Credit cards with their schemes of deferred payment provide people with cash they did not necessarily have in their bank accounts. In a flash, we bought that sweet little dress in the shop window or the hard-to resist computer gizmo. Unfortunately, that flash did not come from a magic wand but from credit cards whose bills we ultimately had to pay for with cold hard cash. In this bleak scenario of huge debts came a temporary lifesaver called balance transfer credit cards, a card to which we can transfer our current balance. The debts of all our credit cards are combined into one debt that can be paid off with a single monthly payment with low interest rates.
There are many balance transfer cards available in the market and since it is going to be used to debt consolidation, it 'pays' to read the fine print. This will help you find the best balance transfer card. Ideally, go in for a credit card that does not charge any fees for the transfer, which has 0% introductory rate and comes without annual charges at least for the first year. You can and should negotiate for the same for subsequent years as well. Generally, the card should only be used to transfer balance, while another credit card is used to make purchases. However, if you do use it for buying things, another reading of the fine print helps.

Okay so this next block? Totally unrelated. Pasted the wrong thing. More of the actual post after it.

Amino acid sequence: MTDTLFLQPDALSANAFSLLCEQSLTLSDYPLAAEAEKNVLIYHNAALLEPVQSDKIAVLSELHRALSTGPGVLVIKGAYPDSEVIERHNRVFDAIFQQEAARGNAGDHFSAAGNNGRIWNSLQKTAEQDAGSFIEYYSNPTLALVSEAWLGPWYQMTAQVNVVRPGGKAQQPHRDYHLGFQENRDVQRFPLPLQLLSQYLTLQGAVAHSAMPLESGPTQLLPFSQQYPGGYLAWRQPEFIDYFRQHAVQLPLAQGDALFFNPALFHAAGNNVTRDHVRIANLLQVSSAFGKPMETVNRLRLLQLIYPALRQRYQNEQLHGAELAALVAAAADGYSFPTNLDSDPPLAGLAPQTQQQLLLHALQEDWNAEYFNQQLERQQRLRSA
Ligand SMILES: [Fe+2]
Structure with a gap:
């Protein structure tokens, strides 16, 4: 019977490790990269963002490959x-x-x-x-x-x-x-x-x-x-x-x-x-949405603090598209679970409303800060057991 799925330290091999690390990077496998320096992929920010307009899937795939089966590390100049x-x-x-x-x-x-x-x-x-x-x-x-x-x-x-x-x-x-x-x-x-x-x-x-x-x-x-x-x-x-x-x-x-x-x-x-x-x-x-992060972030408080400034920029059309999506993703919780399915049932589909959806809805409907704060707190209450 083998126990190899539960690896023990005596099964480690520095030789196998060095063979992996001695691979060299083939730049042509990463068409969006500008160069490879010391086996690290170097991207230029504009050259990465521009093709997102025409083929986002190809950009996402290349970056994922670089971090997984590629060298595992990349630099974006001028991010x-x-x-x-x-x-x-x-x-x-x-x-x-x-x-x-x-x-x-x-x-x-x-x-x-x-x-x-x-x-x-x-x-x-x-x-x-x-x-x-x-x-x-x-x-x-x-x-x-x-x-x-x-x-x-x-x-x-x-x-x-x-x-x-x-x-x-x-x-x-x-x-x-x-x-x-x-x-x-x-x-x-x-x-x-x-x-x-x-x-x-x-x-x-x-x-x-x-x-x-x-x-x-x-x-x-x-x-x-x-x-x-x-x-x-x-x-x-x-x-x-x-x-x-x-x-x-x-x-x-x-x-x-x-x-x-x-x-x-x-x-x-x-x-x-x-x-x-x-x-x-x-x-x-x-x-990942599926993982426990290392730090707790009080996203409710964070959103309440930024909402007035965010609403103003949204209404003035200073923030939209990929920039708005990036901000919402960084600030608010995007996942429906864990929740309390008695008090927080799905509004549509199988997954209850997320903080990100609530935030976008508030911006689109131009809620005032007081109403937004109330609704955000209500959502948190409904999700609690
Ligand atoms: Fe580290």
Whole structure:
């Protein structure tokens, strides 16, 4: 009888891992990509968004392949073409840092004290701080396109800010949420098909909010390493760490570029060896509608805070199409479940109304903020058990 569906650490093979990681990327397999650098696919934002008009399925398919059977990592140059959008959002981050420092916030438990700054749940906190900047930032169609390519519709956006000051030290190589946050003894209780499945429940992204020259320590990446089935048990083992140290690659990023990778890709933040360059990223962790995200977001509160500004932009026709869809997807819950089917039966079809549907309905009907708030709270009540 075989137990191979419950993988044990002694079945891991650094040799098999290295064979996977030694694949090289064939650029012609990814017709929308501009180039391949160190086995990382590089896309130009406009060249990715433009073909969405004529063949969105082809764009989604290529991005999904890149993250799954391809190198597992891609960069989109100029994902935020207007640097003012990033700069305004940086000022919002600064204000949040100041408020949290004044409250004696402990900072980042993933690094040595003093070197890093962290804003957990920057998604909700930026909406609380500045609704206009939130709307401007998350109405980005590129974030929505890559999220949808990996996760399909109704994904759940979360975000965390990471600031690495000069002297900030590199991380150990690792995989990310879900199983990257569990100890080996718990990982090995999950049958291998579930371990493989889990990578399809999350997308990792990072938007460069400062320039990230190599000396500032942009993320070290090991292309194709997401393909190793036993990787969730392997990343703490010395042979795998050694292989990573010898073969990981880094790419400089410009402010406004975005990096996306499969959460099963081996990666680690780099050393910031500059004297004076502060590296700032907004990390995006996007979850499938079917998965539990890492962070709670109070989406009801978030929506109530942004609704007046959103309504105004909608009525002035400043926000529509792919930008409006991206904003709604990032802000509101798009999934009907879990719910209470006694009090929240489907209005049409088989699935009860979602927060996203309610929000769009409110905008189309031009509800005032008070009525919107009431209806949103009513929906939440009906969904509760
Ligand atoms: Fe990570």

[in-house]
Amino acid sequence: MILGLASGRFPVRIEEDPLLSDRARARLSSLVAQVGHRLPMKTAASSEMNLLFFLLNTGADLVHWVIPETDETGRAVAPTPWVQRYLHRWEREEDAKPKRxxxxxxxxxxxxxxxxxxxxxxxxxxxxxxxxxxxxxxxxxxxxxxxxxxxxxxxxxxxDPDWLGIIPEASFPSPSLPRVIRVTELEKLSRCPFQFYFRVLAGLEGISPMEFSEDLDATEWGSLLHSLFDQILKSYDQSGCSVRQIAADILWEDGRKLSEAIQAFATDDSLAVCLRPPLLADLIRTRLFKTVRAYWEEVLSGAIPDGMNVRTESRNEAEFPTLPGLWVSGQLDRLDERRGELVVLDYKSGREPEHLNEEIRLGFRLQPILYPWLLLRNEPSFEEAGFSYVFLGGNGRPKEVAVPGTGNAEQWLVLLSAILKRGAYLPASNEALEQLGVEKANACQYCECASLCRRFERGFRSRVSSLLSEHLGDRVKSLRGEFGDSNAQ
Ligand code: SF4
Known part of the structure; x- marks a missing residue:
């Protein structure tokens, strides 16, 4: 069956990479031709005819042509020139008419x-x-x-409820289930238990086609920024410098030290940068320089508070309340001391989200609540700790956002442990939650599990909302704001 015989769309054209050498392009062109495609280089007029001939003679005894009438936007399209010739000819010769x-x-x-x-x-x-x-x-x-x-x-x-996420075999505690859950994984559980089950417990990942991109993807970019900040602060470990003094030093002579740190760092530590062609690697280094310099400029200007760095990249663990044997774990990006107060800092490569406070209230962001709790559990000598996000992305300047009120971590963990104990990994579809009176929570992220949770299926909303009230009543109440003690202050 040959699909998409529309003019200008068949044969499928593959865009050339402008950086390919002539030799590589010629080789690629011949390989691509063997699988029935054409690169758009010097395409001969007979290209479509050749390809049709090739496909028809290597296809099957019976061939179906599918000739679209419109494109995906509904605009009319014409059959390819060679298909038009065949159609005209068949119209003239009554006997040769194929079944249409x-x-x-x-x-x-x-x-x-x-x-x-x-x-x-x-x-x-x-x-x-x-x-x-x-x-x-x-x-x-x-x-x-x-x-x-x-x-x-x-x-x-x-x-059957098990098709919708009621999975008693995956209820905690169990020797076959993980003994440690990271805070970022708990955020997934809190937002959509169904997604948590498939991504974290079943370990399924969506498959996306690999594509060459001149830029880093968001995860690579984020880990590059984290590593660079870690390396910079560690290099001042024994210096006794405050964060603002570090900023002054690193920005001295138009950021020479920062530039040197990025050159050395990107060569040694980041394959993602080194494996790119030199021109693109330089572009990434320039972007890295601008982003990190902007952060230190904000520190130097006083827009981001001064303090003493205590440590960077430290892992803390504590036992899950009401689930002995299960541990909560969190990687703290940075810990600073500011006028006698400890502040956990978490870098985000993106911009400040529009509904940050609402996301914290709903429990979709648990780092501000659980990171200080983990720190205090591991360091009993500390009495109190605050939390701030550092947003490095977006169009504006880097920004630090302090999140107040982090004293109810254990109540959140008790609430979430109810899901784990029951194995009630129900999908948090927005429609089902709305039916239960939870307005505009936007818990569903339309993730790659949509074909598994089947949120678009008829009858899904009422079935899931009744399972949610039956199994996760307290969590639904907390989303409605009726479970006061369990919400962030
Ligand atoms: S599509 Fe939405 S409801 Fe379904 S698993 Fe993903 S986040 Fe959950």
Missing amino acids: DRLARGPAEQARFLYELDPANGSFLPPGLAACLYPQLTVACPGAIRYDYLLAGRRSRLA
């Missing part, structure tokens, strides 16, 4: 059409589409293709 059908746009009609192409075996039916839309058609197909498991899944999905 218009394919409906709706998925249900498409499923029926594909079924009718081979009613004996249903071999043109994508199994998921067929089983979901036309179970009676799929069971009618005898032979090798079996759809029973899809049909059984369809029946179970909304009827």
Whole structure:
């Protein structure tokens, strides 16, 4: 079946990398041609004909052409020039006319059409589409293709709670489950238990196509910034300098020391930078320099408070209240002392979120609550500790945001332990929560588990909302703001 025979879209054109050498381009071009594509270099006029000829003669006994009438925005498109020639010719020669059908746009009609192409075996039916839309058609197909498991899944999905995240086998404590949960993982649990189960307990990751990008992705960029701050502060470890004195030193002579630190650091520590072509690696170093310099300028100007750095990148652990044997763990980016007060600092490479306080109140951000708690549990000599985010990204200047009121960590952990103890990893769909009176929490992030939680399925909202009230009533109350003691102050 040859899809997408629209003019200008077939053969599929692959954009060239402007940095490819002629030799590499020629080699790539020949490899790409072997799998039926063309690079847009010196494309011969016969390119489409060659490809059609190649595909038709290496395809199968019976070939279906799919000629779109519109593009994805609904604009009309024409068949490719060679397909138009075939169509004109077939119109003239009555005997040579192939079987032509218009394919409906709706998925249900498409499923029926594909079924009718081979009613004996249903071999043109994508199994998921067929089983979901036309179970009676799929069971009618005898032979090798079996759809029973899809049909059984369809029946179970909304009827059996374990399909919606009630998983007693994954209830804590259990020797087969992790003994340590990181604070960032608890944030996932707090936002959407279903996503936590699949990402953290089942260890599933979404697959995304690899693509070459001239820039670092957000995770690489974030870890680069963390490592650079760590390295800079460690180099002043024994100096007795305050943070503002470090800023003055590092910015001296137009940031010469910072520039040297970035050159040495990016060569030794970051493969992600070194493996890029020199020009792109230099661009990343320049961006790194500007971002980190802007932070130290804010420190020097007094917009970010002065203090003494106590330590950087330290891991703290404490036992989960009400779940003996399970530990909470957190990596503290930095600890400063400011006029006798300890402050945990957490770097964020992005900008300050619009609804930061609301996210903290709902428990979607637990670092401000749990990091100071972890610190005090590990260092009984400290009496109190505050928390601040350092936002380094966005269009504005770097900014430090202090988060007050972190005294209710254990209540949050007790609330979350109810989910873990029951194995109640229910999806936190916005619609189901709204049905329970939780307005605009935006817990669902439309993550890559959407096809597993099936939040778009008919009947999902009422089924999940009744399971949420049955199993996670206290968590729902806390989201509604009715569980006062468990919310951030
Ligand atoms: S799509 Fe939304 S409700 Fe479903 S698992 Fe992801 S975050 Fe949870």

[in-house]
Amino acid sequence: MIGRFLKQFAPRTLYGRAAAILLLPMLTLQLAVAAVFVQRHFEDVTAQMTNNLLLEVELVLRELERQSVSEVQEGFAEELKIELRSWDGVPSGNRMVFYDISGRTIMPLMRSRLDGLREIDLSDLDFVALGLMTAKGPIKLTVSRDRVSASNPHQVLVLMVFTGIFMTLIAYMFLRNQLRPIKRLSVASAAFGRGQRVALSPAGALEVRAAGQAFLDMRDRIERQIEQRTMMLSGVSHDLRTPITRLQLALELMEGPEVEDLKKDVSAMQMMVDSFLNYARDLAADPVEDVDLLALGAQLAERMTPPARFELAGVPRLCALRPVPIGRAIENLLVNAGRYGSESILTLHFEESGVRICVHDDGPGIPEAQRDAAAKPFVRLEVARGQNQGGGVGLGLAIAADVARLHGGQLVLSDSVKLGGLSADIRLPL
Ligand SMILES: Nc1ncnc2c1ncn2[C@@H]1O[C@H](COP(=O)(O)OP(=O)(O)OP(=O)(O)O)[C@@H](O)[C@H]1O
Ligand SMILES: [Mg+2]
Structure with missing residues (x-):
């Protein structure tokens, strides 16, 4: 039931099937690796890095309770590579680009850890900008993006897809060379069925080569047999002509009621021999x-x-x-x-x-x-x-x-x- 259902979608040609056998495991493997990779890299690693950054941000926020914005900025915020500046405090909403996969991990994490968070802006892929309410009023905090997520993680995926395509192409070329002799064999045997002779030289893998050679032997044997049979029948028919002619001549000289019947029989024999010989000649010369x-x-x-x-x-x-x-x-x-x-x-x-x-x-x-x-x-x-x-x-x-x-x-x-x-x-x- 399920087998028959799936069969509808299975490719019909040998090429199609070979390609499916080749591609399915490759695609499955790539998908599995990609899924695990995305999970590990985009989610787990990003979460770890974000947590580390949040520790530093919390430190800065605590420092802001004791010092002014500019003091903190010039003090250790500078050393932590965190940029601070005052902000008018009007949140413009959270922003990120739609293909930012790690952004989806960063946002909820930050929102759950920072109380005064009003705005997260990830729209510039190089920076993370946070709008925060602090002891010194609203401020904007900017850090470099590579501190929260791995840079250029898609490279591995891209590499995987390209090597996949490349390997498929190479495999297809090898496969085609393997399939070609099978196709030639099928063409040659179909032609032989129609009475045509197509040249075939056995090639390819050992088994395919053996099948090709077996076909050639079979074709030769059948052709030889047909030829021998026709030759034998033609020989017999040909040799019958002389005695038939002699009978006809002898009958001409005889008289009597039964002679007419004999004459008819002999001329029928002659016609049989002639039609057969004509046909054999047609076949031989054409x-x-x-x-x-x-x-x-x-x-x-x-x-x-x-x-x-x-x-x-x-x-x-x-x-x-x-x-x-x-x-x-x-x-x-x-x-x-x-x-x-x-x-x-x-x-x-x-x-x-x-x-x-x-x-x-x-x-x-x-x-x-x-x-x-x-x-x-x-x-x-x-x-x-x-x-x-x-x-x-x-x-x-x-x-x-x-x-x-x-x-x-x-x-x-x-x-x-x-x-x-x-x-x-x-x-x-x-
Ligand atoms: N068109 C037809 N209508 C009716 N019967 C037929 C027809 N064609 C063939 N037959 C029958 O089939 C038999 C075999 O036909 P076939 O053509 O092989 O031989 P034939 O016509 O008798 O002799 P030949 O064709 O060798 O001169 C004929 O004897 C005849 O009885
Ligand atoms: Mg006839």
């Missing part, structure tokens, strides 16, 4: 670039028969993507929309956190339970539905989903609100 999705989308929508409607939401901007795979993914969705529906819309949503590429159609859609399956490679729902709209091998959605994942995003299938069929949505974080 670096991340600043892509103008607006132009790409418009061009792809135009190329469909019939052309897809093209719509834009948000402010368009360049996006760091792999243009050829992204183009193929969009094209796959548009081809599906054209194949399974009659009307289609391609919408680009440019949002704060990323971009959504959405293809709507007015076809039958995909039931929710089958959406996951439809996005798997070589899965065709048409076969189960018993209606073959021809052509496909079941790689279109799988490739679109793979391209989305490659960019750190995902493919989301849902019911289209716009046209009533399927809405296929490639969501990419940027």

Find out if the credit card limits and the time period for making purchases. Find out if they charge high interest rates on purchases as you may just wind up with one more overdue debt. Check if the credit card offers cash-back rewards, because that can lower your purchasing cost that is useful when you are trying to control your debt.
Once you have decided, keep your options open. You can, and many do, move from one balance transfer credit card to another. This can be done when it is time to pay the annual charges or when the zero-interest introductory offer is over. This will keep both your debts and your blood pressure at a manageable level.